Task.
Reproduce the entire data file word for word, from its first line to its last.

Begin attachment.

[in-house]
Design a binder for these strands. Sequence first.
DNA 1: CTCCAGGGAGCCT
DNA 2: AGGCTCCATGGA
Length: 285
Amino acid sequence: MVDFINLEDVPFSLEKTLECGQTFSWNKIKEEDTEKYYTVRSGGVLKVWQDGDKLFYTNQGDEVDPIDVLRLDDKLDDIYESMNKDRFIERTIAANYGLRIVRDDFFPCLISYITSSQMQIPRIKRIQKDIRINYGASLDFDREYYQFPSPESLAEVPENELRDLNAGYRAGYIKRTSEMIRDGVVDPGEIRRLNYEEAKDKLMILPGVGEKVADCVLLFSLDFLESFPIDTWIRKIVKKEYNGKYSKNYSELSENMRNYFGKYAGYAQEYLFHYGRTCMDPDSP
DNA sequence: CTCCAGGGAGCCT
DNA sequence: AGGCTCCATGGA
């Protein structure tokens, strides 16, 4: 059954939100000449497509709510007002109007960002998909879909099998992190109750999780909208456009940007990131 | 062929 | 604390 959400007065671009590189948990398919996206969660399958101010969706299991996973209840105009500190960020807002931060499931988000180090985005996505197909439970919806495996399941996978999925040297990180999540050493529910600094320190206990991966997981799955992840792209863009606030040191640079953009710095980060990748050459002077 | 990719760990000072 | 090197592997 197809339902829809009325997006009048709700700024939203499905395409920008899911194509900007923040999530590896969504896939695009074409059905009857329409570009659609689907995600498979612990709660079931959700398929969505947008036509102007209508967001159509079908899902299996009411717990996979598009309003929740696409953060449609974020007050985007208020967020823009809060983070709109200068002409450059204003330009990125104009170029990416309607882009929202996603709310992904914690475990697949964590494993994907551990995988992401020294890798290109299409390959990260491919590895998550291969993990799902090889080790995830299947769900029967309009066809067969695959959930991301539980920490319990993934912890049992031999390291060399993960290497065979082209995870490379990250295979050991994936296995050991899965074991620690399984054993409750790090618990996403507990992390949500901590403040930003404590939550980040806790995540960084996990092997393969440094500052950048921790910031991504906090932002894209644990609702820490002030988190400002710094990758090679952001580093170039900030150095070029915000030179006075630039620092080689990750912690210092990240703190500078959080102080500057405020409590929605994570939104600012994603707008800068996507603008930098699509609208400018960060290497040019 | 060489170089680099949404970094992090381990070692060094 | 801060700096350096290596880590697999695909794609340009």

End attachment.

[in-house]
Design a binder for these strands. Sequence first.
DNA 1: CTCCAGGGAGCCT
DNA 2: AGGCTCCATGGA
Length: 285
Amino acid sequence: MVDFINLEDVPFSLEKTLECGQTFSWNKIKEEDTEKYYTVRSGGVLKVWQDGDKLFYTNQGDEVDPIDVLRLDDKLDDIYESMNKDRFIERTIAANYGLRIVRDDFFPCLISYITSSQMQIPRIKRIQKDIRINYGASLDFDREYYQFPSPESLAEVPENELRDLNAGYRAGYIKRTSEMIRDGVVDPGEIRRLNYEEAKDKLMILPGVGEKVADCVLLFSLDFLESFPIDTWIRKIVKKEYNGKYSKNYSELSENMRNYFGKYAGYAQEYLFHYGRTCMDPDSP
DNA sequence: CTCCAGGGAGCCT
DNA sequence: AGGCTCCATGGA
């Protein structure tokens, strides 16, 4: 059954939100000449497509709510007002109007960002998909879909099998992190109750999780909208456009940007990131 | 062929 | 604390 959400007065671009590189948990398919996206969660399958101010969706299991996973209840105009500190960020807002931060499931988000180090985005996505197909439970919806495996399941996978999925040297990180999540050493529910600094320190206990991966997981799955992840792209863009606030040191640079953009710095980060990748050459002077 | 990719760990000072 | 090197592997 197809339902829809009325997006009048709700700024939203499905395409920008899911194509900007923040999530590896969504896939695009074409059905009857329409570009659609689907995600498979612990709660079931959700398929969505947008036509102007209508967001159509079908899902299996009411717990996979598009309003929740696409953060449609974020007050985007208020967020823009809060983070709109200068002409450059204003330009990125104009170029990416309607882009929202996603709310992904914690475990697949964590494993994907551990995988992401020294890798290109299409390959990260491919590895998550291969993990799902090889080790995830299947769900029967309009066809067969695959959930991301539980920490319990993934912890049992031999390291060399993960290497065979082209995870490379990250295979050991994936296995050991899965074991620690399984054993409750790090618990996403507990992390949500901590403040930003404590939550980040806790995540960084996990092997393969440094500052950048921790910031991504906090932002894209644990609702820490002030988190400002710094990758090679952001580093170039900030150095070029915000030179006075630039620092080689990750912690210092990240703190500078959080102080500057405020409590929605994570939104600012994603707008800068996507603008930098699509609208400018960060290497040019 | 060489170089680099949404970094992090381990070692060094 | 801060700096350096290596880590697999695909794609340009």